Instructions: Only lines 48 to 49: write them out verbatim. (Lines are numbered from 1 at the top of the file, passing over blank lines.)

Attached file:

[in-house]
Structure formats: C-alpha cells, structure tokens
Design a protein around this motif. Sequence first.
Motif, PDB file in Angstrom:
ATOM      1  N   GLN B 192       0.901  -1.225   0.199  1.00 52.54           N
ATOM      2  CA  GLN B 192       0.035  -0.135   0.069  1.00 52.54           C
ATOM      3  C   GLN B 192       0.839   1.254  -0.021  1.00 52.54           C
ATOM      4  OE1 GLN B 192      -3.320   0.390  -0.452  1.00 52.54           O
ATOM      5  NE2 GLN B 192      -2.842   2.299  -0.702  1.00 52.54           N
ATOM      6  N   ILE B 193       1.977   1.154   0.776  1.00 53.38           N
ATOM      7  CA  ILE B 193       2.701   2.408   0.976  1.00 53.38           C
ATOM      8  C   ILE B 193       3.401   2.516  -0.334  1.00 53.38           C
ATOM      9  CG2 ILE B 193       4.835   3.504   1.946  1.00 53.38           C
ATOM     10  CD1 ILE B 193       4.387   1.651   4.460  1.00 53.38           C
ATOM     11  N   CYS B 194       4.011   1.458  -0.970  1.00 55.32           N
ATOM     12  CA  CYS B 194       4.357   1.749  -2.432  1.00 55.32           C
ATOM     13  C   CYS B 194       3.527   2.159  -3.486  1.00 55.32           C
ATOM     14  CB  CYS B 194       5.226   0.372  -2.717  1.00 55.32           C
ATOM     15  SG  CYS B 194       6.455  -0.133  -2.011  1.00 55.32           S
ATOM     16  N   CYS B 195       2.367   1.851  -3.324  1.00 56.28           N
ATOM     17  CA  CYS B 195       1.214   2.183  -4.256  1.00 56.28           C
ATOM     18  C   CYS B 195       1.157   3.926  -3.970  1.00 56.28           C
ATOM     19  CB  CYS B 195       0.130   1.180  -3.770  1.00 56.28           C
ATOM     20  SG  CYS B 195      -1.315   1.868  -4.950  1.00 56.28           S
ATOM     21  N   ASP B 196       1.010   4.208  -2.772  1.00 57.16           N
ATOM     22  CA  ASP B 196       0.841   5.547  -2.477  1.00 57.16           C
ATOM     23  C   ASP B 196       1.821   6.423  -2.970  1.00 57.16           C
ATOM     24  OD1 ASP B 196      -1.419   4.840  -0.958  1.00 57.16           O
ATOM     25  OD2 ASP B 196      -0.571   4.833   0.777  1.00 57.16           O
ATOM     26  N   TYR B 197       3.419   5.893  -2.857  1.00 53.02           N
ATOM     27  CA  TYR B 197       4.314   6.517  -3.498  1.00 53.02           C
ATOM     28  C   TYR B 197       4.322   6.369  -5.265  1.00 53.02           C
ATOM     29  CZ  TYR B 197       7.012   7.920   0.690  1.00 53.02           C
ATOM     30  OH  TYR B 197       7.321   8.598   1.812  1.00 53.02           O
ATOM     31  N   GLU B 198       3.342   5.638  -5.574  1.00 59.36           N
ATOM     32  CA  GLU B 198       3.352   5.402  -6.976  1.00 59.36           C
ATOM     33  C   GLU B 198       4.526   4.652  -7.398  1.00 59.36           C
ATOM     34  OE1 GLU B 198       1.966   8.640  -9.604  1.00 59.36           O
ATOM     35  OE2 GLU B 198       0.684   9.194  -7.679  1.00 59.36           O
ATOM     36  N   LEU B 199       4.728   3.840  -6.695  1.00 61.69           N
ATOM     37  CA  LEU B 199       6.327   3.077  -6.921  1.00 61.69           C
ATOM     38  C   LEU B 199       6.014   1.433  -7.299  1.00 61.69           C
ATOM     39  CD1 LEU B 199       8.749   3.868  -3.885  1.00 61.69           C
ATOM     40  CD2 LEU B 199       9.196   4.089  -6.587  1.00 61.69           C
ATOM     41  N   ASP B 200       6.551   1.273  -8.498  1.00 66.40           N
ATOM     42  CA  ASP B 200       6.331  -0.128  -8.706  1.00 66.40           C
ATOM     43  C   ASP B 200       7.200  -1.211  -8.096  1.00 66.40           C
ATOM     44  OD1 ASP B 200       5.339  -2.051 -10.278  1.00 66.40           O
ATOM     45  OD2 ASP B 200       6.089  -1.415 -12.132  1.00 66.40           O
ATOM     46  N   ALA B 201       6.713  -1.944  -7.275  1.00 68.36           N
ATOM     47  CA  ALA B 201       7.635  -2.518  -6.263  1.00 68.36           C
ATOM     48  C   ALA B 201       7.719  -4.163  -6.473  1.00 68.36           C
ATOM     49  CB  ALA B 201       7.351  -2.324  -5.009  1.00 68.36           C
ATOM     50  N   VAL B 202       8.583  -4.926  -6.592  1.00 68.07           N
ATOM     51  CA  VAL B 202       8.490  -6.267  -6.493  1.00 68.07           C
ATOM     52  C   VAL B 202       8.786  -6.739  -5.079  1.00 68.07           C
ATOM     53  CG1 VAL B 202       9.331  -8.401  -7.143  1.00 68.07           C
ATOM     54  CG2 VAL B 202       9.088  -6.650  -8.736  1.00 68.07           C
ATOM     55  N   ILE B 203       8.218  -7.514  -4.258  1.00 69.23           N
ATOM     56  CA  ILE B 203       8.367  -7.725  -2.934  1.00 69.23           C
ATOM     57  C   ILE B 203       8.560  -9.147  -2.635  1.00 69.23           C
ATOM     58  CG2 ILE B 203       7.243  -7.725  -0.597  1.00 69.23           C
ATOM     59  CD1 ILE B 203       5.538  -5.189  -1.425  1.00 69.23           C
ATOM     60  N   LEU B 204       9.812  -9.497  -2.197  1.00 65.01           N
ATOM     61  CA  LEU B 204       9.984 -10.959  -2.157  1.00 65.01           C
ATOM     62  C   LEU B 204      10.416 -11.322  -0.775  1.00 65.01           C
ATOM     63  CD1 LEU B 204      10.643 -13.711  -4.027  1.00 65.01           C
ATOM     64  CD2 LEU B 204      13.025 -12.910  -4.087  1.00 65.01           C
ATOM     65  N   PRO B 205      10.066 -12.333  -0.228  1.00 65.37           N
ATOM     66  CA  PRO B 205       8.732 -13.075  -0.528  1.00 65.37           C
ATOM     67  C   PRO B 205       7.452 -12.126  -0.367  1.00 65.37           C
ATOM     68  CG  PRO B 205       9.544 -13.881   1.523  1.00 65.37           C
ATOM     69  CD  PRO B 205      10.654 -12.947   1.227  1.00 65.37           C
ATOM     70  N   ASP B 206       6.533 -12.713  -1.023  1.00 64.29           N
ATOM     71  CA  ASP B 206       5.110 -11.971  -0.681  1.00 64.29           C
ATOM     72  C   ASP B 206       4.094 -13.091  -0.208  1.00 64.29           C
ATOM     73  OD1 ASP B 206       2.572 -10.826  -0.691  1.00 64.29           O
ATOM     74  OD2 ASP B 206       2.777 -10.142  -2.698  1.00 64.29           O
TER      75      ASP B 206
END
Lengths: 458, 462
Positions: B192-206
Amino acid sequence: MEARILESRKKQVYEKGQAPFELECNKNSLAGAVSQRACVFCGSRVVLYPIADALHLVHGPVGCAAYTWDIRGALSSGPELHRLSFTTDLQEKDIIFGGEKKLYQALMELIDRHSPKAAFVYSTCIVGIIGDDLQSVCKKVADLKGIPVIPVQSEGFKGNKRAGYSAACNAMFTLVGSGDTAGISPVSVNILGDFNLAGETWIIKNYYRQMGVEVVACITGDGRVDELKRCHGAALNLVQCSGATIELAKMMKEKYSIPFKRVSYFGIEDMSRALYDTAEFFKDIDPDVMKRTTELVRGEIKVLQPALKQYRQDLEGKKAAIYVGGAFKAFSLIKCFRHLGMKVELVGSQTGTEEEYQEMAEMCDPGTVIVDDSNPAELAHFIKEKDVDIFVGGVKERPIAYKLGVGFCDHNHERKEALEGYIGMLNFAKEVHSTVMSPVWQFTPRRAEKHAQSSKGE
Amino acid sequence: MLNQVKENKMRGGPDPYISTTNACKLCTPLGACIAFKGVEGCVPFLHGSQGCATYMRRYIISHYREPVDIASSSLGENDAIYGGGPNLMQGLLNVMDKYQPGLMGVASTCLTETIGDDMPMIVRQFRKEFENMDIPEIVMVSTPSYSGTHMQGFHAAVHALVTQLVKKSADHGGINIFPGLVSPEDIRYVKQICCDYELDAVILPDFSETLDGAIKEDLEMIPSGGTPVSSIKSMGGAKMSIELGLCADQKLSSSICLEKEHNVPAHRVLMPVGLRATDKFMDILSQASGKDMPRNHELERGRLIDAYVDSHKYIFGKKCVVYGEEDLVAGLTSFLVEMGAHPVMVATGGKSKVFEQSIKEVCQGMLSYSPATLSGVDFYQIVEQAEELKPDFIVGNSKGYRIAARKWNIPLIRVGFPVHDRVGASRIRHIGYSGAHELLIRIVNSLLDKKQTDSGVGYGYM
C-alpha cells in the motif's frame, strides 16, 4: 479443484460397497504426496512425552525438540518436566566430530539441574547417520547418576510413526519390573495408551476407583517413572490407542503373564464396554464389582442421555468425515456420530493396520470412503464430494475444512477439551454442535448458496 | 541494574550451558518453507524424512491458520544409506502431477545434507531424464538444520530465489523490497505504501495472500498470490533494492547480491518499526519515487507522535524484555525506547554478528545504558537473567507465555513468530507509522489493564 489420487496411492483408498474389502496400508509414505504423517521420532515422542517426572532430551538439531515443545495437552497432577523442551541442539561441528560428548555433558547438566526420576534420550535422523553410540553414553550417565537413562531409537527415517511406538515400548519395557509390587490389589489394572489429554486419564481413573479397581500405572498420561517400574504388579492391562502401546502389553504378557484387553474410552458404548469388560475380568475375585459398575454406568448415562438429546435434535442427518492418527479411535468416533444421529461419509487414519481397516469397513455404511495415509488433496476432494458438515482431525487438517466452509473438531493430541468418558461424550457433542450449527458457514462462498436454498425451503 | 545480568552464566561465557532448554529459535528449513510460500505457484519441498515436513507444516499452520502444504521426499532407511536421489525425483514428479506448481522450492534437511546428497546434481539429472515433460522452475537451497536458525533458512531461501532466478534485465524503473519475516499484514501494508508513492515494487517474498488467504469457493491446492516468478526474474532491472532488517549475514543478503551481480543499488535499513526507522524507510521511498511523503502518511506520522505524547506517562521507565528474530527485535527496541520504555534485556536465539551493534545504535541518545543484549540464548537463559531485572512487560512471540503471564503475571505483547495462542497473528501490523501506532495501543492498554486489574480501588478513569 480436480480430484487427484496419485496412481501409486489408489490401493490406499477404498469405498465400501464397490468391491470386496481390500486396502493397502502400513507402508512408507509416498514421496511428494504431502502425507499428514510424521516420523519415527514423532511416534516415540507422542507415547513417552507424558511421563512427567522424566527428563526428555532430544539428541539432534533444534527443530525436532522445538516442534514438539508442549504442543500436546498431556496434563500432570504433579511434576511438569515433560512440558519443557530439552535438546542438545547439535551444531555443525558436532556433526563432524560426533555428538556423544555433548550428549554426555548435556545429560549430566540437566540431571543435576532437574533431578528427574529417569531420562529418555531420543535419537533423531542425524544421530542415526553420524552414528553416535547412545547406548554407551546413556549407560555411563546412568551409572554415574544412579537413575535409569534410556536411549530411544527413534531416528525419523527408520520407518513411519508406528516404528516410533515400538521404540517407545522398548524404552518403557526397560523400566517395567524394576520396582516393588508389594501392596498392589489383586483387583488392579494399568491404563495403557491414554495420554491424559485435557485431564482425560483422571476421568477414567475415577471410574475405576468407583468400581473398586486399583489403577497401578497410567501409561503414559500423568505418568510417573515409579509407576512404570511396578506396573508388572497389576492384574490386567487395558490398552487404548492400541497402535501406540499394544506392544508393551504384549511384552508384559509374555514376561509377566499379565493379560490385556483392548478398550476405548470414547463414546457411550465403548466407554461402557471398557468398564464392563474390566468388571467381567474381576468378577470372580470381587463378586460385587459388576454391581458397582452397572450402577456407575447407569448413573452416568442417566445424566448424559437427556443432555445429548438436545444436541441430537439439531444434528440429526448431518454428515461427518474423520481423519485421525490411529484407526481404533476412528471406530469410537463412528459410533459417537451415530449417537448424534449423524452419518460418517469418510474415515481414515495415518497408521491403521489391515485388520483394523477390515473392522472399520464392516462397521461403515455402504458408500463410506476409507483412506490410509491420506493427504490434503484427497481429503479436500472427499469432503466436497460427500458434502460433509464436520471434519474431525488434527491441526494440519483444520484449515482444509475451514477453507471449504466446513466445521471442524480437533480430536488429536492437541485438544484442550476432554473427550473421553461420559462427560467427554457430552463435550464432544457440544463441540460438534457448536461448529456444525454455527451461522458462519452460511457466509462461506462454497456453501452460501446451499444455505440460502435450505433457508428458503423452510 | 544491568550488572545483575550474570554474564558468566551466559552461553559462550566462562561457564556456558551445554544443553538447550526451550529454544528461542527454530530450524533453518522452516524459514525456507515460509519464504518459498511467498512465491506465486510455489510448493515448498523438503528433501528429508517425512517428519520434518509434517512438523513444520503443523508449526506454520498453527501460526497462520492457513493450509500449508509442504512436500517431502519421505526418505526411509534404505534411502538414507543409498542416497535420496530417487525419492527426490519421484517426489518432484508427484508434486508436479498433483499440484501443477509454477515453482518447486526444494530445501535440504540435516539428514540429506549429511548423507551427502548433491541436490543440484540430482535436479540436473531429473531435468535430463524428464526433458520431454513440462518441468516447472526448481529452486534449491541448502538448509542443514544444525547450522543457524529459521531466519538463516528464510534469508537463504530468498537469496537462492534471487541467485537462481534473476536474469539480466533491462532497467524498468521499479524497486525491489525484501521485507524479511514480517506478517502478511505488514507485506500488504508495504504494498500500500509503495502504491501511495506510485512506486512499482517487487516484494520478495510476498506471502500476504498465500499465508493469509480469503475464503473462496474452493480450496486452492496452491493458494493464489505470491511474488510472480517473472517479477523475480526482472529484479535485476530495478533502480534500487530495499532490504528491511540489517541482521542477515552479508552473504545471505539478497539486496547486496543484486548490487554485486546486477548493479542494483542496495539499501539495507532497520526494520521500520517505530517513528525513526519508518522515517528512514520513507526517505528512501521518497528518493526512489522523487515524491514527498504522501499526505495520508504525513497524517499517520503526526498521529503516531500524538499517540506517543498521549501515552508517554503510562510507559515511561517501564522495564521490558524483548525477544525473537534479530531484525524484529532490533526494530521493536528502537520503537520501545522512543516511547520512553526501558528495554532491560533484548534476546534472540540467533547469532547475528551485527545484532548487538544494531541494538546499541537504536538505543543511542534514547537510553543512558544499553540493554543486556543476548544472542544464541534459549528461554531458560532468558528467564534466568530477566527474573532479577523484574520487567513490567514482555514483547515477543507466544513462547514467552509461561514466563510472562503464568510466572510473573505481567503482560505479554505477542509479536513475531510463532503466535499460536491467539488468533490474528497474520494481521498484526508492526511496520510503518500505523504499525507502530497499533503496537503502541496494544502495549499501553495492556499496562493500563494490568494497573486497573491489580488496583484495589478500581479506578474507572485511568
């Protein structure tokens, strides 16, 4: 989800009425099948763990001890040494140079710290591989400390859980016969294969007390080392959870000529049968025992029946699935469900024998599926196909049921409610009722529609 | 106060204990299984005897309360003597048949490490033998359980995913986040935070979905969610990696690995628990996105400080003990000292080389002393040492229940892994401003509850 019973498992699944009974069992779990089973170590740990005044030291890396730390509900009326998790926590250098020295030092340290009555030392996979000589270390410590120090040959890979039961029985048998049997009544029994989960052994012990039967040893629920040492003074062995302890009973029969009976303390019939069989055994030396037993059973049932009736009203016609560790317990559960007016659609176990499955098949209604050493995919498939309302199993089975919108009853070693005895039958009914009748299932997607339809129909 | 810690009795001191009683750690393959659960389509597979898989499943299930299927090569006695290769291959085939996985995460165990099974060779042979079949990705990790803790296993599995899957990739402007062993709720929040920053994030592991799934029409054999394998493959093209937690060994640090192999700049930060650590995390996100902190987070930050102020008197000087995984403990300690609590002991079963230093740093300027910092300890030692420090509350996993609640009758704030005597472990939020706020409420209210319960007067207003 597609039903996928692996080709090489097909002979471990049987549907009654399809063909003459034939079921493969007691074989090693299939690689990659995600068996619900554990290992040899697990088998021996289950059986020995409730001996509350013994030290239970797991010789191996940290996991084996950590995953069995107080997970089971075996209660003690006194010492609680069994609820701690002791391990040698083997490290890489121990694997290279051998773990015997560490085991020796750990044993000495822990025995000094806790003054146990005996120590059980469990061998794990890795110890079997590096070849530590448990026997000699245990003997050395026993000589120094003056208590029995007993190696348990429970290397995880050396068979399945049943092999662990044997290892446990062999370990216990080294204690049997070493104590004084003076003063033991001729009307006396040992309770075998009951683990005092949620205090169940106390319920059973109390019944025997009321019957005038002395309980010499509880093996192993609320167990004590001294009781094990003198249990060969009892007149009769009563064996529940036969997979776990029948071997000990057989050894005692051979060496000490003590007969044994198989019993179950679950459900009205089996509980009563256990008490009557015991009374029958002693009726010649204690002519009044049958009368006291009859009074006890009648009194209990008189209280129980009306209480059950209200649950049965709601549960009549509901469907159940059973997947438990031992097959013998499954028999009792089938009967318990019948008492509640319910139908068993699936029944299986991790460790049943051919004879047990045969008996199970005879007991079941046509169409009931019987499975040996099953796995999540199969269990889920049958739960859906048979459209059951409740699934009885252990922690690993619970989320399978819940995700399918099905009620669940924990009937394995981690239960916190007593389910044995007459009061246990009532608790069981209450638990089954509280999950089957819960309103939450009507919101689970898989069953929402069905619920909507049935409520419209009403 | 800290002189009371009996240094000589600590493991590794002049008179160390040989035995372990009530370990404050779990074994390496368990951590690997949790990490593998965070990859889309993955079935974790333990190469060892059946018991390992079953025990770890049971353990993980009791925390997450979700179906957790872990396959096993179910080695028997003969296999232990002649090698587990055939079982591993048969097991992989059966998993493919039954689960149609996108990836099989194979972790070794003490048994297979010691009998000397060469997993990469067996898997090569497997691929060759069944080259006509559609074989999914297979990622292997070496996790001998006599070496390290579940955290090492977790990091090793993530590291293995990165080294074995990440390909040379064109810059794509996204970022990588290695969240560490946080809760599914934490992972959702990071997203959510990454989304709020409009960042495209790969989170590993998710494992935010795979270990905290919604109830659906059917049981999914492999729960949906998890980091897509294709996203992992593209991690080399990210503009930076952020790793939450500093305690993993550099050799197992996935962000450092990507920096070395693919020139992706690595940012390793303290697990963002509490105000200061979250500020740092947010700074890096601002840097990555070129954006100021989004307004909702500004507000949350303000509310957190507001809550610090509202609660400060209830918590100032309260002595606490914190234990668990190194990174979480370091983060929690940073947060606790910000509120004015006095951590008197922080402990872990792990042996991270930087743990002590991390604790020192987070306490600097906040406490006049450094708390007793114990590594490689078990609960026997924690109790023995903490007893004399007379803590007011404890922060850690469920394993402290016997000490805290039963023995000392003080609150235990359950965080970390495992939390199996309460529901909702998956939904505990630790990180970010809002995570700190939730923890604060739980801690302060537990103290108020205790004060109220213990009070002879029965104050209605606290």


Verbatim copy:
ATOM     44  OD1 ASP B 200       5.339  -2.051 -10.278  1.00 66.40           O
ATOM     45  OD2 ASP B 200       6.089  -1.415 -12.132  1.00 66.40           O